Sam and I spent a good 5 hours in the doctor's office while they ran every test I think they could. They drew blood twice and spent forever trying to get him to pee for a urine sample. They sent us out to get a chest x-ray to see if the pneumonia was back. And while the pediatrician thought he saw something on the x-ray, the official radiology report disagreed and said he was fine. We haven't heard back about the other cultures, but the quick screening of his urine showed some infection. We got him started on antibiotics, and beyond the scary high fevers, he's been fine the last 24 hours.
It's so hard to know how to feel about this kind of stuff. On the one hand, all kids get sick. Luke's had a high fever before and we survived that just fine. On the other hand, Luke's had one ear infection in his entire life and never been to the doctor for anything else but well check ups. He didn't have to have two heart surgeries, a pacemaker, a week in the hospital for pneumonia, and a genetic disorder that can continue to throw us medical curve balls for the rest of his life.
Just re-reading that last sentence makes my heart ache and my eyes fill up with tears.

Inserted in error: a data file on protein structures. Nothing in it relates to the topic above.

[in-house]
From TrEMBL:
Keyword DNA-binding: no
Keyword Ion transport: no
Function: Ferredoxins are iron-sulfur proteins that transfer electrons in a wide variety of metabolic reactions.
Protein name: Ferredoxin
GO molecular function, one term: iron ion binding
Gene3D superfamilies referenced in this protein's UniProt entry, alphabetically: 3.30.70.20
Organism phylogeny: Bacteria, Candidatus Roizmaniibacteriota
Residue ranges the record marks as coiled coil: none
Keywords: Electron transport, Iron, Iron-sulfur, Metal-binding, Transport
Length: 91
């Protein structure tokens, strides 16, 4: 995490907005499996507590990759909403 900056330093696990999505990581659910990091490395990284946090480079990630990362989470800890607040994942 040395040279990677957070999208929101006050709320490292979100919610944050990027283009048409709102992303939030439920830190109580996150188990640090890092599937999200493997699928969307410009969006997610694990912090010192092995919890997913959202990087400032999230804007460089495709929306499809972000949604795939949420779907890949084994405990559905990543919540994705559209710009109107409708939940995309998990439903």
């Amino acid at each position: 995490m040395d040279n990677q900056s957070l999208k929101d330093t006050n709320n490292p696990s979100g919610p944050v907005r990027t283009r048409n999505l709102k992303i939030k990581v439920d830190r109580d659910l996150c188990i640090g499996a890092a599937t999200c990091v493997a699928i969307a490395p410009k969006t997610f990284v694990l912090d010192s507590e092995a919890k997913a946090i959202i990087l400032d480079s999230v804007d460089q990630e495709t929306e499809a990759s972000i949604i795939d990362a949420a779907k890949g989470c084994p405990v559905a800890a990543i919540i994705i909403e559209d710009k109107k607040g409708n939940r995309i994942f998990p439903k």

I know I spent a good deal of March talking about Down Syndrome and what it has brought to our lives, good and bad. But, I don't think I ever really fully expressed this gut-wrenching pain that it can cause. How the medical issues that we've already faced and the potential ones that lie ahead are just so overwhelming some times. While there are all sorts of statistics about the medical issues that people with DS commonly encounter, there isn't a single one they can tell me for certain. No two people with DS are the same. That extra chromosome affects them all in different ways and to different degrees. It is so incredibly frustrating and so damn unfair. If you could just take all that data and tell me for sure what to expect, I think it would be easier to deal with little things like unexplained fevers without spiraling off untethered into the Land of What-Ifs.